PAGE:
Residents’ fears fail to stop approval by East Cambs Council for 150 homes and 75-bed care home for Fordham

PUBLISHED: 14:15 14 February 2018 | UPDATED: 14:15 14 February 2018

Drawing illustrates the scale of development proposed for Scotsdales at Fordham: 150 homes and 75-bed care home have been agreed

Drawing illustrates the scale of development proposed for Scotsdales at Fordham: 150 homes and 75-bed care home have been agreed


Two thirds of the 32 acre Scotsdales site at Fordham is to disappear after East Cambridgeshire District Council approved plans for 150 homes and a 75-bed care home.

The Market Street land will also house a shop, what is termed ‘an ancillary medical consultation facility’ together with open space.

Scotsdales says the proposals will not affect the garden centre and nursery that will continue to operate from the remaining land.

Councillors were told that the majority of the application site is located outside the development envelope but adjoins it in places on its eastern boundary.

A small part of the site, south of the existing garden centre and retail buildings, lies inside the established settlement boundary.

The parish council said they accepted the application with certain reservations regarding construction traffic, the need for traffic lights at a pedestrian crossing and a request to the developers to update them on progress as the houses are built.

There was also some concern over water supply.

However villagers did raise concerns – and in considerable numbers – to the application.

The East Cambs planning committee was told that a third of the 111 neighbours contacted offered an opinion – mostly concerned over the scale and impact it would have.

“The sewerage system was installed over 60 years ago and designed for a smaller community,” said one response.

“Anglia Water needs to provide information on capacity, pumping station and flow predictions

Another was concerned about 300-450 additional cars that they feared could cause “a considerable increase in traffic especially during the construction period”.

“Where will they all park?”

Others said the “village is in need of medical facilities and the development will add considerably to the problem”.

Schooling is already inadequate, claimed another, whilst one other villager felt “bus services are inadequate”.

Here are some of the other comments

There will be light and noise disturbance from traffic. Spent years getting a by-pass this development would make Market Street a very busy road again.

Village is being inundated with planning applications.

Scale of proposal will change ethos of village and will be severely detrimental.

250 Homes initially put forward and although number has decreased there is no guarantee further homes will not be built at a later date.

Jobs at the nursery will be lost. Although the garden centre will stay the wholesale nursery will close.

Scale of development is out of proportion for the site,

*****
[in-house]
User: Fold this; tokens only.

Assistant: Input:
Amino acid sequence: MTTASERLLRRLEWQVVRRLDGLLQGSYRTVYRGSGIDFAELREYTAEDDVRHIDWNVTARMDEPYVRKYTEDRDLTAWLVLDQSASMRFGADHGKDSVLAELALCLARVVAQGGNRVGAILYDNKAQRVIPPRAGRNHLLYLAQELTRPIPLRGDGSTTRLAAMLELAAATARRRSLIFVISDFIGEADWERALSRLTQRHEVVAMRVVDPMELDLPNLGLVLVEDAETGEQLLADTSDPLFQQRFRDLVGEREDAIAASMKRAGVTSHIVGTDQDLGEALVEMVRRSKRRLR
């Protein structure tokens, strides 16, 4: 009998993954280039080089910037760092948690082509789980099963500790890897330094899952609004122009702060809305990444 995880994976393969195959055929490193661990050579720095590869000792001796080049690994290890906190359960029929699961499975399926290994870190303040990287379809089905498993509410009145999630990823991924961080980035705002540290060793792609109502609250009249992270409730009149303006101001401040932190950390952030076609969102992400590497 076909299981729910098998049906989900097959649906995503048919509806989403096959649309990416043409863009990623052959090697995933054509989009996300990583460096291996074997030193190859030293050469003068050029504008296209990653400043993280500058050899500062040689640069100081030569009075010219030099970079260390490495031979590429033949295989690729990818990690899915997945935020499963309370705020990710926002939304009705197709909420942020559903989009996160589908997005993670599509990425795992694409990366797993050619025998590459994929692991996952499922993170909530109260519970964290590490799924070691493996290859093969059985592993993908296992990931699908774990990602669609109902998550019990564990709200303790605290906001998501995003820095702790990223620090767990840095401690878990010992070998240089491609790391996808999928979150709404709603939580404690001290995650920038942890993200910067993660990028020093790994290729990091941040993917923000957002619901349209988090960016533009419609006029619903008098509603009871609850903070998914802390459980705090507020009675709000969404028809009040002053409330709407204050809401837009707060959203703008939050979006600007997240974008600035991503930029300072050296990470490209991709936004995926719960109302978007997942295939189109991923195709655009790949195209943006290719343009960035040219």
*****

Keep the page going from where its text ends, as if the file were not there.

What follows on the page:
Will inevitably lead to on street parking on Market Street causing bottlenecks and risks to pedestrians / road users. Any increased housing in Fordham and Soham will be dormitory accommodation for commuters.

Have seen a number of accidents involving children due to lack of infrastructure, roads, and paths and parking before the school extension.

Development will have an unacceptable adverse impact on amenities of properties immediately adjacent to the site by reason of overlooking, loss of privacy and visually overbearing.

At certain times of the day there are delays on the by-pass and more vehicles are coming through the village. This will add even more traffic to an existing busy road. Benefits such as the care home and medical facility should not be taken into consideration as the applicant cannot provide any details.

Adverse impact of 150 homes will vastly outweigh so called benefits.

We chose to move to Fordham for the school and to be part of a village with a strong sense of community. This is being completely stripped due to over-development over last few years.


Welcome , please leave your message below.

Optional - JPG files only
Optional - MP3 files only
Optional - 3GP, AVI, MOV, MPG or WMV files

Please log in to leave a comment and share your views with other Ely Standard visitors.

We enable people to post comments with the aim of encouraging open debate.

Only people who register and sign up to our terms and conditions can post comments. These terms and conditions explain our house rules and legal guidelines.

Comments are not edited by Ely Standard staff prior to publication but may be automatically filtered.

If you have a complaint about a comment please contact us by clicking on the Report This Comment button next to the comment.

Not a member yet?

Register to create your own unique Ely Standard account for free.

Signing up is free, quick and easy and offers you the chance to add comments, personalise the site with local information picked just for you, and more.

Sign up now

More news stories

Yesterday, 17:27

A man in his 70s and a woman in her 50s were threatened at gunpoint in Witchford when four masked men broke in and stole £20,000 in cash and jewellery.

Yesterday, 16:11

A blind veteran from Soham has returned to the Falkland Islands on the largest RAF aircraft for the first time in 36 years since the war ended in 1982.

10 minutes ago

East Cambridgeshire District Council and East Cambs Street Scene are supporting an initiative aimed at cleaning and keeping the streets of the district clean.

Yesterday, 17:13

A converted mill overlooking the Fens and adjacent to the River Lark has come on the market with a price tag of £310,000.

Most read stories

Digital Edition

Read the Ely Standard e-edition E-edition

Show Job Lists

Newsletter Sign Up

Ely Standard weekly newsletter
Sign up to receive our regular email newsletter

Our Privacy Policy